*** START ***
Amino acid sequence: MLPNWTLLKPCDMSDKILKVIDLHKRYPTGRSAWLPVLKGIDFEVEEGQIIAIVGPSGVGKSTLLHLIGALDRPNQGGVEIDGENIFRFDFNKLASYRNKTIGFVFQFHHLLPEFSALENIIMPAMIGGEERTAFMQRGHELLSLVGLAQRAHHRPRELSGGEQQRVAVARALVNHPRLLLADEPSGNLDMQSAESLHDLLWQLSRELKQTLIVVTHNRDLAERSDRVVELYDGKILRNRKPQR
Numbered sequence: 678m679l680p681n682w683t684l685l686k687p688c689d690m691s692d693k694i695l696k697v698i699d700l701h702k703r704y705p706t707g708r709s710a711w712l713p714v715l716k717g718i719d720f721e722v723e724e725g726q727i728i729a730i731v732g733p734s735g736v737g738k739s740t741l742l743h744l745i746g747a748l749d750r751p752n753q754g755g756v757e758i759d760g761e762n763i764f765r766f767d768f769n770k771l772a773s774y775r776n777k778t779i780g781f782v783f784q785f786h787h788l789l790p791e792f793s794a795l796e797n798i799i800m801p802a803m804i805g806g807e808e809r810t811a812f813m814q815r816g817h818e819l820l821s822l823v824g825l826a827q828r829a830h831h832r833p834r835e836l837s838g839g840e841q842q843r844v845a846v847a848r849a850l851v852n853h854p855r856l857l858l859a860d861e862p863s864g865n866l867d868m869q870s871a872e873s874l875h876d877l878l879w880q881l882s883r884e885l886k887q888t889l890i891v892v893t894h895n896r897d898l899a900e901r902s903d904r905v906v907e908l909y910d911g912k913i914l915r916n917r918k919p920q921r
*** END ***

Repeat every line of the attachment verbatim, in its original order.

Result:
Amino acid sequence: MLPNWTLLKPCDMSDKILKVIDLHKRYPTGRSAWLPVLKGIDFEVEEGQIIAIVGPSGVGKSTLLHLIGALDRPNQGGVEIDGENIFRFDFNKLASYRNKTIGFVFQFHHLLPEFSALENIIMPAMIGGEERTAFMQRGHELLSLVGLAQRAHHRPRELSGGEQQRVAVARALVNHPRLLLADEPSGNLDMQSAESLHDLLWQLSRELKQTLIVVTHNRDLAERSDRVVELYDGKILRNRKPQR
Numbered sequence: 678m679l680p681n682w683t684l685l686k687p688c689d690m691s692d693k694i695l696k697v698i699d700l701h702k703r704y705p706t707g708r709s710a711w712l713p714v715l716k717g718i719d720f721e722v723e724e725g726q727i728i729a730i731v732g733p734s735g736v737g738k739s740t741l742l743h744l745i746g747a748l749d750r751p752n753q754g755g756v757e758i759d760g761e762n763i764f765r766f767d768f769n770k771l772a773s774y775r776n777k778t779i780g781f782v783f784q785f786h787h788l789l790p791e792f793s794a795l796e797n798i799i800m801p802a803m804i805g806g807e808e809r810t811a812f813m814q815r816g817h818e819l820l821s822l823v824g825l826a827q828r829a830h831h832r833p834r835e836l837s838g839g840e841q842q843r844v845a846v847a848r849a850l851v852n853h854p855r856l857l858l859a860d861e862p863s864g865n866l867d868m869q870s871a872e873s874l875h876d877l878l879w880q881l882s883r884e885l886k887q888t889l890i891v892v893t894h895n896r897d898l899a900e901r902s903d904r905v906v907e908l909y910d911g912k913i914l915r916n917r918k919p920q921r